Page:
Monday, June 27, 2011

String Theory...

...or, A Good Yarn.

When I was a child, my mother had her wisdom teeth taken out. I think she was in her 40s, and I remember the dentist gave her one of the teeth because it was shaped like a whale. I don't know if she still has it. My mother is a sentimental and nostalgic woman. She keeps everything, but for some reason, I don't think she kept the tooth. Probably a good call.

My wisdom teeth were taken out when I was a teenager, which I believe is the usual timing for such things. It was Hallowe'en. (I, too, am nostalgic erring on the side of old-fashioned and still use the apostrophe in All Hallows Eve's abbreviation Hallowe'en.) They were putting me totally under since I don't respond well to the general anesthetic, which we discovered the hard way having had a number of baby and adult teeth pulled in my lifetime. I was wheeled into surgery by folks dressed up like zombies, princesses, mummies and witches. I was nervous that the folks dressed like doctors were only wearing costumes and not licensed practitioners at all, but they were drugging me, and I wasn't thinking clearly. Needless to say, seeing Elvis at the hospital may or may not have actually happened, and it's entirely possible a giant squirrel removed my wisdom teeth and kept them with his acorns. (Notice how I chose not to say nuts?)

The fun didn't stop there. Of course, when they pull your wisdom teeth, they send you home with enough Codeine to sell in the junior high schools of Canada. Of course, if you've ever been on Codeine, you think you're perfectly fine, lucid, sentient... which you are not. I, a teenager, woke at the crack of dawn the morning after the squirrel pulled my teeth . It was a Saturday. I promptly proceeded to go flying down the stairs, landing in a heap on the hardwood, legs splayed up the wall, new dent in the drywall. Of course, being drugged, I didn't know how to respond when my parents asked me if I were okay... I wasn't sure if I was registering pain. And my sister's sleepy voice drifted from upstairs, "Is Aim going to the hospital again?"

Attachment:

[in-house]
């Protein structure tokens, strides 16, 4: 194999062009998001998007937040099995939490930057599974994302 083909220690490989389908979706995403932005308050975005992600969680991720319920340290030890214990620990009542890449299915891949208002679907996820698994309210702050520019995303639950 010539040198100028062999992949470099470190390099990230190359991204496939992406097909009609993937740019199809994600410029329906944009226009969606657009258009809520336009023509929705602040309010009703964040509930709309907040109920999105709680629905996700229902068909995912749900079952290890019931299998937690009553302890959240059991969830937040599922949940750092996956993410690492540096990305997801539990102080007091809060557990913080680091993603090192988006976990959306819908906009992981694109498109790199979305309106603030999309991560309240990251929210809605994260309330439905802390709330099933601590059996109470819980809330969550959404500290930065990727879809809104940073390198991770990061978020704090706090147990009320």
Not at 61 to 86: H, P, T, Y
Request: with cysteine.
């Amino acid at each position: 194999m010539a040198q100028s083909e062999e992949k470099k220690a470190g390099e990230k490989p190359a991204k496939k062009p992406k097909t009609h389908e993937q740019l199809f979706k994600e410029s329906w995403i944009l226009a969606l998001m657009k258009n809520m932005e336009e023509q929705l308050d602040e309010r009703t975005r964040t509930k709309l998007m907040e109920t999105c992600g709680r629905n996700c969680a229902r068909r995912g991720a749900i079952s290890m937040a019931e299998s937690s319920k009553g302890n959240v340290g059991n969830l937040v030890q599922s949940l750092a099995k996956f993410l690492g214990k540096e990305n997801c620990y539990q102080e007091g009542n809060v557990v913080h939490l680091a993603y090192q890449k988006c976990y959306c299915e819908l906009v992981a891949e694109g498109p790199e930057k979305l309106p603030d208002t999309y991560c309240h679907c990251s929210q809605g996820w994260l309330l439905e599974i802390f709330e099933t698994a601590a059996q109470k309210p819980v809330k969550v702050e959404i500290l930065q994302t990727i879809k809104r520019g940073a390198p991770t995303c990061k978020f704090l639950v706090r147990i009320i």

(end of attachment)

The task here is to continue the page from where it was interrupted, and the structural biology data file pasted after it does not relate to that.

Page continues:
Several hours later, I'm microwaving a towel for my aching jaw. The squirrels at the hospital tell you to do this. Of course, they also tell you to thoroughly moisten the towel before putting it in the microwave. Evidently, I must have missed a few spots in the moistening process, because I lit the towel on fire. I often wonder if my mother was sneaking a few of the Codeine, because when I went running through the house and out the front door, clutching the flaming towel in a pair of BBQ tongs, my mother registered nothing unusual about this event.

We will not discuss the essay I attempted to write for my Honours English class while taking the Codeine. Yes, I was determined to carry on as normal. My teacher has promised never to mention it.

Now, losing your wisdom teeth is not supposed to leave any permanent damage or lasting scars. Except in my case. If you've had your chompers removed, with or without squirrels, you know that the stitches they use are supposed to dissolve and come out on their own. They did, painlessly. Except now, for about thirteen years , I have had consistent and regular dreams... nightmares... about pulling meters and meters of string from my teeth. Psychoanalysis, anyone?

Alternative string story, for the squeamish: in Japan, they say you are connected to your soul-mate by a red string.

While you ponder which yarn you like best, here are some images of twine, yarn, and string taken from a trip to the local living museum.

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